Many firms continue to miss out on the valuable recurring revenue stream that GI presents, with clients missing out too
Securing deals for clients is a mortgage adviser’s bread and butter but against the backdrop of a fluctuating market there is always room for alternative and additional income streams.
This is where general insurance comes in, although many businesses continue to miss out on the valuable recurring revenue stream that GI presents. Advisers should think beyond the obvious buildings and contents sale and consider protection areas for clients more broadly.
There is currently a huge opportunity to discuss GI with remortgage clients. We have seen a surge in remortgaging recently, with activity in January up 54 per cent by value and 46 per cent by volume from December, according to the Council of Mortgage Lenders’ latest report. Yet, when it comes to discussing insurance with these clients, advisers often perceive it to be a tricky conversation; it is assumed they will have a policy in place already or will not be interested in switching mid-term.
This may be true but you will never know if you do not ask the question and, as a result, you could be missing out on valuable income. Indeed, with remortgages contributing about 35 per cent of all mortgage business last year, advisers lost potential earnings of over £6m from these customers.
It is not a given that all remortgage clients are adequately covered already. They may have basic home and contents policies in place but have they considered optional extras, such as home emergency cover? Or would they benefit from additional policies to protect their income or mortgage payment from unemployment?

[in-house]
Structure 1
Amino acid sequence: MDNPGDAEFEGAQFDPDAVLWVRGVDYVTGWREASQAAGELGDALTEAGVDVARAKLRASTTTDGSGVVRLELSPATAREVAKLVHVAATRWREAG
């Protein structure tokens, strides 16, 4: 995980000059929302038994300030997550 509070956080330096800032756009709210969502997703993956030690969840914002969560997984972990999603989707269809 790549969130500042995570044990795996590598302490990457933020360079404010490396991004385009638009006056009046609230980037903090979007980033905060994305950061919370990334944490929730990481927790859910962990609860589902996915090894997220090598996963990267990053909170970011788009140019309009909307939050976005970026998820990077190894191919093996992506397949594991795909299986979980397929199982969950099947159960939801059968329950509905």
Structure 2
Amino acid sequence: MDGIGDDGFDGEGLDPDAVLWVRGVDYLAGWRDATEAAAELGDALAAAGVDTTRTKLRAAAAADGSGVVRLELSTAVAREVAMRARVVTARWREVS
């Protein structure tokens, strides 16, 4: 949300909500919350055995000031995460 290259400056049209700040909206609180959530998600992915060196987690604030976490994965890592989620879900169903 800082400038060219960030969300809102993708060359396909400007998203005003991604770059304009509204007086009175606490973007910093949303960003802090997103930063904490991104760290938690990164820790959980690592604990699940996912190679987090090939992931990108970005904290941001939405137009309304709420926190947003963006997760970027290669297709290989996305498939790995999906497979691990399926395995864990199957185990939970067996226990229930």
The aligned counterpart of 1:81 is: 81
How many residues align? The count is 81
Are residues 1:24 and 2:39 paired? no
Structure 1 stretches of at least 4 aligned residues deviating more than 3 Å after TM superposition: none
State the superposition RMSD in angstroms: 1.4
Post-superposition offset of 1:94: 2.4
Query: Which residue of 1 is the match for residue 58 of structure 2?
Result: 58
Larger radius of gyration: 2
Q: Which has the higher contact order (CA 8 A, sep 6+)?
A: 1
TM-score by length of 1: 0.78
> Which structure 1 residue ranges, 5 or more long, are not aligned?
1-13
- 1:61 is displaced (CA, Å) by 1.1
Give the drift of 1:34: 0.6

There is also a chance their existing policies are due for renewal in the next month or two or that, in remortgaging to fund building works on a property, for example, their policy would need to be updated accordingly.
Our latest YouGov survey revealed that 37 per cent of people with contents insurance did not review it annually to check the level of cover was adequate. This means a lot of people would benefit from advice on which policy is right for them. The last thing anyone wants is to pay for an insurance policy only to find it insufficient when they come to claim.
The research also showed what a trick advisers could be missing when it comes to optional extras and the commission involved. For example, 43 per cent of clients with home insurance believed home emergency cover would be the most valuable addition to their policy, while 32 per cent of contents insurance holders said they would be willing to pay extra to ensure valuables were covered for loss or damage when taken out of the home.
A home insurance application can take just 30 minutes and offers an average commission rate of 27.5 per cent, so GI really should not fall to the bottom of the pile once the mortgage process is complete.
Although the reward may not be as substantial as a mortgage application fee, home insurance commission is paid for each renewal. As most people renew their insurance up to three to four times, this means recurring commission for no extra work.
In addition to the earnings opportunity, advisers should consider their moral obligation to make sure clients are properly protected. When someone has invested heavily in property, they need to protect that investment sufficiently, but not everyone understands all the options.
If advisers are not confident enough to provide this knowledge themselves, they can refer to the many introducer schemes offered by providers and networks.
There is no excuse not to offer insurance to clients. In doing so, everyone benefits. Customers will feel they have been advised properly, while brokers will feel they have given the best service with the added benefit of extra income.
James Watson is sales and marketing director at Paymentshield